Institute for War and Peace Reporting | Giving Voice, Driving Change

Chechnya: Election Appears Sewn Up

Alu Alkhanov cruises towards becoming Moscow's next leader in Chechnya.
By Timur Aliev

On ruined Minutka Square in the south of Grozny, a large multi-coloured poster covers the entire side of a five-storey building. It shows Russian President Vladimir Putin shaking hands with Chechnya's interior minister and presidential candidate, Alu Alkhanov. Behind Putin is the Kremlin in Moscow, behind Alkhanov is an old Chechen fortified tower.


The message conveyed by the billboard is straightforward: the Kremlin is backing Alkhanov as its candidate in the election which will be held in Chechnya on August 29.


Forty-seven-year-old Alkhanov, a major-general who has spent his entire career in the police force, is the overwhelming favourite in the election. The other six candidates present no threat to him at all.


Indeed three of his six rivals have played the role of "torpedoes" - in the language of political advertising - using their campaign speeches to make statements useful to Alkhanov.


"The electoral space in Chechnya has been cleared of competitors," said Chechen political analyst Timur Muzayev.


Alkhanov did face a serious potential rival, in the shape of Moscow-based Chechen businessman Malik Saidullayev. But Saidullayev, who was barred from standing in last October's election against late Chechen leader Akhmad Kadyrov, was again refused registration by Chechnya's Central Electoral Commission. He was told that his registration documents were not in order and that his plans to stand for the Russian parliament, the State Duma, prevented him running in the Chechen election.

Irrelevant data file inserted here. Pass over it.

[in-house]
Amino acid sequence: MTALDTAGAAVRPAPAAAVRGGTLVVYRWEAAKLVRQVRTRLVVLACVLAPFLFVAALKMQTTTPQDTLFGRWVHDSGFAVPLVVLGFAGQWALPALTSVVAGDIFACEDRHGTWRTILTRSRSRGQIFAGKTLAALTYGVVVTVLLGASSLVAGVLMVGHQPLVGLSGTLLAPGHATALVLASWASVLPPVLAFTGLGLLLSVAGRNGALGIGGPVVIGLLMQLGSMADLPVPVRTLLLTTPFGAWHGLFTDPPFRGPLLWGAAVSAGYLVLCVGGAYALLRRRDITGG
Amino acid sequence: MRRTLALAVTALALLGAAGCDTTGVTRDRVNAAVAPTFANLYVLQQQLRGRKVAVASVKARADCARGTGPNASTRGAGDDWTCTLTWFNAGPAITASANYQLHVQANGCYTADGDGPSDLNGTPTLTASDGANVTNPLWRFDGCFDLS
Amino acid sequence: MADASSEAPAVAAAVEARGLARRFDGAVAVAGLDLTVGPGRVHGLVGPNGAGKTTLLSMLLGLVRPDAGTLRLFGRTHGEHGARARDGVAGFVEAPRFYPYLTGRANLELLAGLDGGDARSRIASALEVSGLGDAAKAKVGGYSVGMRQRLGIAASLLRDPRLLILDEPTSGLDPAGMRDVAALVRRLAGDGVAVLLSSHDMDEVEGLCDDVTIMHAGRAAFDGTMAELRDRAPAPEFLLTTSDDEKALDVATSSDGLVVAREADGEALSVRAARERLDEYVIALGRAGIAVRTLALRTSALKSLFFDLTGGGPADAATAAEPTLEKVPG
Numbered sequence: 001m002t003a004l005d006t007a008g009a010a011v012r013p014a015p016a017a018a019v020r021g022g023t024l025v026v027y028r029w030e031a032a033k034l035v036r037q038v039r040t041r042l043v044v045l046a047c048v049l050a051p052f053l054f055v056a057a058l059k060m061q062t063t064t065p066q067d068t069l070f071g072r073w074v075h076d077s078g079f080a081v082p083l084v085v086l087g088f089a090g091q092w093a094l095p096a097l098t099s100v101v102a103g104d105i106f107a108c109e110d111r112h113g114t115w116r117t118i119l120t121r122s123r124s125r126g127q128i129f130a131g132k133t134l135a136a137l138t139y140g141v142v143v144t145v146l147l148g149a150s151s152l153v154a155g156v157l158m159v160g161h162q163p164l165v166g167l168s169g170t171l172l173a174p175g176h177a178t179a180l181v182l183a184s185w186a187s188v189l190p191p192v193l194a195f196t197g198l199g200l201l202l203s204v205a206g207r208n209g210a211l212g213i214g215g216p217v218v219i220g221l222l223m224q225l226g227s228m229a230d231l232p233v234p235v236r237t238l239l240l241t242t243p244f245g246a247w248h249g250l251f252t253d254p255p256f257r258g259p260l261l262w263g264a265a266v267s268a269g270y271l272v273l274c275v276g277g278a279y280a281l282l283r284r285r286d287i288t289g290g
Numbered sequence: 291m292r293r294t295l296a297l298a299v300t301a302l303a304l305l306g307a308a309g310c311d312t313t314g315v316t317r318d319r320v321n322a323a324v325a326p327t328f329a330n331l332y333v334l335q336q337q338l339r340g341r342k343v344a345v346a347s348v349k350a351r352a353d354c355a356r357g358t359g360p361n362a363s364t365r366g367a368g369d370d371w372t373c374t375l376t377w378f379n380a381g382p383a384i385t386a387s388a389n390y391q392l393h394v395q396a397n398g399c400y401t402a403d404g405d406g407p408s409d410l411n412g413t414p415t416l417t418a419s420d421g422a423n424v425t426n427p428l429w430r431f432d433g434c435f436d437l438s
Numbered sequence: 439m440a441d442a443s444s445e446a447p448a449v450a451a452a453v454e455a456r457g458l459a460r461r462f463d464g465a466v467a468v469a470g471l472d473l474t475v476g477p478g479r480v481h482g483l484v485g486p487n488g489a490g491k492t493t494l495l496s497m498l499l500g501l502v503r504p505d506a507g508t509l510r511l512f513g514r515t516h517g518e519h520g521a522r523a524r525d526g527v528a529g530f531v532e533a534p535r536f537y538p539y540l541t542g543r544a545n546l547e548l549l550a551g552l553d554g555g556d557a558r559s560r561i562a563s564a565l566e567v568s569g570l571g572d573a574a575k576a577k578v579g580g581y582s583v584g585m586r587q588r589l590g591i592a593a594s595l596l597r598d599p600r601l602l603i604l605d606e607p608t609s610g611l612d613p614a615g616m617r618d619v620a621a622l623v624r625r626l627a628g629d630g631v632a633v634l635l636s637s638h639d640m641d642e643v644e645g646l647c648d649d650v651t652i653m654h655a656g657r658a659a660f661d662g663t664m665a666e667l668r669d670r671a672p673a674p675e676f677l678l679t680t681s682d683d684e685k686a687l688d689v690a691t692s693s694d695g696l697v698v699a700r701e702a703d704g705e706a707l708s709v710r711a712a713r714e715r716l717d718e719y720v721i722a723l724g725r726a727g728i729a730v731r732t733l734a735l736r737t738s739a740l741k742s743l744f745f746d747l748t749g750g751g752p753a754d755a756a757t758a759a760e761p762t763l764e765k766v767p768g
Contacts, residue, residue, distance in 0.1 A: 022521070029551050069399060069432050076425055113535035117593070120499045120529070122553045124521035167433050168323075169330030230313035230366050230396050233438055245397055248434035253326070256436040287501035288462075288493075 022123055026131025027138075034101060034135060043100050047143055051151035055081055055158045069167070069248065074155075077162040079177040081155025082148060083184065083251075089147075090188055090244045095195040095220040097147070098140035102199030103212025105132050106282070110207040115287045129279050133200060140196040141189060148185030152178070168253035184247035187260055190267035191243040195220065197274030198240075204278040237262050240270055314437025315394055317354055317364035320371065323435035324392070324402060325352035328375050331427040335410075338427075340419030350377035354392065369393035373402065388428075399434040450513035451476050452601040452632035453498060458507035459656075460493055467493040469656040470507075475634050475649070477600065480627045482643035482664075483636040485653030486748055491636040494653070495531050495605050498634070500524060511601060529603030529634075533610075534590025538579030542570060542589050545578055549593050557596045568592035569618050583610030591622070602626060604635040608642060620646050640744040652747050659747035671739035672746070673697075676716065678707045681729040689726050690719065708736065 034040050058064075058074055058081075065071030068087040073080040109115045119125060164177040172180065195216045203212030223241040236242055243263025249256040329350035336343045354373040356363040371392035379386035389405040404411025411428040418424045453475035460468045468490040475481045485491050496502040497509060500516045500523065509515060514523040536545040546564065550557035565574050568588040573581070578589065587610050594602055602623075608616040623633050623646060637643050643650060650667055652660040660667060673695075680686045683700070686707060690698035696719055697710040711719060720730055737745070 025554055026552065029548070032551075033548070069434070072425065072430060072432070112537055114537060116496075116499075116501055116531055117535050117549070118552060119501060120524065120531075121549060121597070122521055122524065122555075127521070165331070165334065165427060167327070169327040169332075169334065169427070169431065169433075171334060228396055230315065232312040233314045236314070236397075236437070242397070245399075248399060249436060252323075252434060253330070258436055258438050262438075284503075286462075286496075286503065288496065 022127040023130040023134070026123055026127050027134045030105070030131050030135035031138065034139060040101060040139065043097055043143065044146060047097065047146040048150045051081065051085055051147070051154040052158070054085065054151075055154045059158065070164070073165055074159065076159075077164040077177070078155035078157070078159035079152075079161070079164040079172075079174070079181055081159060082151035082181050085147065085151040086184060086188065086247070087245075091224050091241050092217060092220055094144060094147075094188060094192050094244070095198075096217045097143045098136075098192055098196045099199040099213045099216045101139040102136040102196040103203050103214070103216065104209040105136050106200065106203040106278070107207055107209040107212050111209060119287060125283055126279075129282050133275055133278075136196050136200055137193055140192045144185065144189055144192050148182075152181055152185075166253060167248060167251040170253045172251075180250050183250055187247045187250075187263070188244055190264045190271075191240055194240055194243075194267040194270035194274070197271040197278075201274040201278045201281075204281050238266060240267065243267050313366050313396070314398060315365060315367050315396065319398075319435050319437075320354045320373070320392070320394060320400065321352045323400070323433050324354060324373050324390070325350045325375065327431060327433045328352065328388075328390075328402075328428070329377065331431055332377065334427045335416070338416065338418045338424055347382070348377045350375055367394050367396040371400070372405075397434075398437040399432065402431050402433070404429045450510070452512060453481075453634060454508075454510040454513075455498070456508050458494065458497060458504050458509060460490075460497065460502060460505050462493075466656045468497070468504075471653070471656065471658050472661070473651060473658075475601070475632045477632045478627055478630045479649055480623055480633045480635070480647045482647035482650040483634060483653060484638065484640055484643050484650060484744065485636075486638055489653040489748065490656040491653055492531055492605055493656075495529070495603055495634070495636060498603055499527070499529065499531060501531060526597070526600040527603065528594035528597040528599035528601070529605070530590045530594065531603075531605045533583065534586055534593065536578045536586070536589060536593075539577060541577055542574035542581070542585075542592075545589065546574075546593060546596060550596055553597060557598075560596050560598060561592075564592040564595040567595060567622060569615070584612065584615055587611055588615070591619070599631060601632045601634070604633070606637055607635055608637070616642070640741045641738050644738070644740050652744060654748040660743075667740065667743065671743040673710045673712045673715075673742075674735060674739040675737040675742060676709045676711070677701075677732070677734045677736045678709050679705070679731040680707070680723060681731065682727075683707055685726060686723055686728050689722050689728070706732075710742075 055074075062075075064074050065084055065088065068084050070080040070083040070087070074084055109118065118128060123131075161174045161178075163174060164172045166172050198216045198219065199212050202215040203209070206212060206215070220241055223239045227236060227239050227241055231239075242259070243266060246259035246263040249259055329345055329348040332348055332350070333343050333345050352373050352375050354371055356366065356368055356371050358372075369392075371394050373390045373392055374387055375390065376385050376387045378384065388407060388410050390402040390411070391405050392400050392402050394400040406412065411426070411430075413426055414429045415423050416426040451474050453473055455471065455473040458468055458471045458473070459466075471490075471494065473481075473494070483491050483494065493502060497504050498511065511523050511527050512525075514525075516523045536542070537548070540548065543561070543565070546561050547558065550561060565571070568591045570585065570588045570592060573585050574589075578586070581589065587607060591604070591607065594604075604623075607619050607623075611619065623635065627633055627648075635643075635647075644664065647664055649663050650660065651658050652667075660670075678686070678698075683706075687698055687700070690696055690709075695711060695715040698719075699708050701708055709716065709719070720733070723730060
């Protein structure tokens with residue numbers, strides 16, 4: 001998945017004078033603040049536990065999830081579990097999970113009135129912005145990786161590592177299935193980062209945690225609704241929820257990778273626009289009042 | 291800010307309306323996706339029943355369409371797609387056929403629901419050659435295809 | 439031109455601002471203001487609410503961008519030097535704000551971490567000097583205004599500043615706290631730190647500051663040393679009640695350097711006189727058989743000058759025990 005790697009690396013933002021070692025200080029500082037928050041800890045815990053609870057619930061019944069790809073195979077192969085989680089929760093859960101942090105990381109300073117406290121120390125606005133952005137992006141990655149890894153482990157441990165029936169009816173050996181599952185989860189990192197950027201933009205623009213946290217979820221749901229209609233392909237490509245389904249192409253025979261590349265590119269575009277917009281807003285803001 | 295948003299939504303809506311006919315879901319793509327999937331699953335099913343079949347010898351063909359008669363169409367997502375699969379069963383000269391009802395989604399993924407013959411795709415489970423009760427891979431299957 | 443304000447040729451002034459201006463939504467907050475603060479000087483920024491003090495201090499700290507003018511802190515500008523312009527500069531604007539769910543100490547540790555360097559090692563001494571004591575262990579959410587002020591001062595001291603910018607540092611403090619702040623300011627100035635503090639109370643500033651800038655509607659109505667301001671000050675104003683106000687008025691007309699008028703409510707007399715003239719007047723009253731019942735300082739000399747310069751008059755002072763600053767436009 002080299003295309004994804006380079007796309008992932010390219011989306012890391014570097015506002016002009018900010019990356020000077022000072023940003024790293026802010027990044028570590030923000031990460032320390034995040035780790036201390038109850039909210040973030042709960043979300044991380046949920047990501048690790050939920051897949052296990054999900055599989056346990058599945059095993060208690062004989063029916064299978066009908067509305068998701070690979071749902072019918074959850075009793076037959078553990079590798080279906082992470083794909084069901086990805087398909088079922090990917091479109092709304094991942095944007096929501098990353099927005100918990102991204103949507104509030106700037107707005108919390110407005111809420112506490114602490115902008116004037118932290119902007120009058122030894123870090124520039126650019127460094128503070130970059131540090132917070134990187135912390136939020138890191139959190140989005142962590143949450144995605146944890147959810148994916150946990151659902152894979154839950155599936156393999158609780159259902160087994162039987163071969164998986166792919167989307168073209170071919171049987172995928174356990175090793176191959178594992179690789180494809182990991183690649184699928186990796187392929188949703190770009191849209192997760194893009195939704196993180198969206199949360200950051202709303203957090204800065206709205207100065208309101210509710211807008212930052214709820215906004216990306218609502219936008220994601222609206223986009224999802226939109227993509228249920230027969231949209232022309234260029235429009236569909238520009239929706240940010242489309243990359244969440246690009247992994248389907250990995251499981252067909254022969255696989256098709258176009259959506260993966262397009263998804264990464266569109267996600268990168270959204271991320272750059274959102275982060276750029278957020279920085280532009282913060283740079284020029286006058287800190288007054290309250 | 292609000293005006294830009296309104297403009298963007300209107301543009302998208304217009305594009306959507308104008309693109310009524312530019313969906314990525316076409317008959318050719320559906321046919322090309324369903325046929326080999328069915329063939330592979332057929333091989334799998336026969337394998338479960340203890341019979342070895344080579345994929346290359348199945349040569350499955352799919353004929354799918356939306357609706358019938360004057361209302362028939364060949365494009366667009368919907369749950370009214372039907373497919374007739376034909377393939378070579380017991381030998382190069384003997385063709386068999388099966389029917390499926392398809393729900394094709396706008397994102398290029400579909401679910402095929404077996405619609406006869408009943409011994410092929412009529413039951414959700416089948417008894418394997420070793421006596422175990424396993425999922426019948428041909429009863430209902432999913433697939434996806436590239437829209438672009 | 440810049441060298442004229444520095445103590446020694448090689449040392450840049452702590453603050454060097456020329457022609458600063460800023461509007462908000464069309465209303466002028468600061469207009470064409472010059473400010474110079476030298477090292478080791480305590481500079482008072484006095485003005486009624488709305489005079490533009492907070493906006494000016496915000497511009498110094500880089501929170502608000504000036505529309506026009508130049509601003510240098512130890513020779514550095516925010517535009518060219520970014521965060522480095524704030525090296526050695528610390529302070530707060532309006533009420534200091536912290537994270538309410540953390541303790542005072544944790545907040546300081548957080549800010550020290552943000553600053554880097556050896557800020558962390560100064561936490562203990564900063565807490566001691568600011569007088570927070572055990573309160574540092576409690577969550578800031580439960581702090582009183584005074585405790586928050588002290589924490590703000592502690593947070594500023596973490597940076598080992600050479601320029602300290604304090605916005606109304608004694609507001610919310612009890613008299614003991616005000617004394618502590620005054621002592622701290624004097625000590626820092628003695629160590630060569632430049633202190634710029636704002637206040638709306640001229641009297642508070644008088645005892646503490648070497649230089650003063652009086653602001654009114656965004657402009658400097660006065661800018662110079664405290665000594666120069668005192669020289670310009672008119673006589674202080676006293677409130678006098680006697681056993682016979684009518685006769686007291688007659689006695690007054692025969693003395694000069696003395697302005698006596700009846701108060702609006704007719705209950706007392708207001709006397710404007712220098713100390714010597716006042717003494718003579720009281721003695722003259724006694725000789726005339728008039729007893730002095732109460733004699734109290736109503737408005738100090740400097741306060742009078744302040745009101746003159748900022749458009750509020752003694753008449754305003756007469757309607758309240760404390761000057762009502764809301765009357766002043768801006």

Of the other candidates left in the race, the best known is Movsar Khamidov, a colonel in the Russian security service, the FSB, and a former deputy prime minister in the Chechen government. However, his campaign never made an impact.


"Khamidov's campaigners tried to assert that the Kremlin had not made up its mind who its candidate would be and that it might actually be Khamidov," said Muzayev. "But it didn't sound convincing. Perhaps they were let down by a lack of money."


At first Alkhanov's prospects did not look too bright. The election was called after the May 9 assassination of President Kadyrov, who had been elected in a highly disputed poll just six months before.


It was immediately assumed that Kadyrov's successor would be a figure from his government, who would be called upon to continue the policy of "Chechenised" administration sanctioned by Putin.


Kadyrov's younger son Ramzan, who had been head of his security service and become de facto the most powerful man in Chechnya, was too young to run for office and had to be rewarded with the post of deputy prime minister.


At that point, Alkhanov was virtually unknown in Chechnya. But the same public relations team that worked with Kadyrov last year set to work on his image, making much of his good service record in the interior ministry. The presidential administration in the Kremlin took charge of the elections themselves. Alkhanov soon began to receive copious free publicity, appearing regularly on Russian television news broadcasts.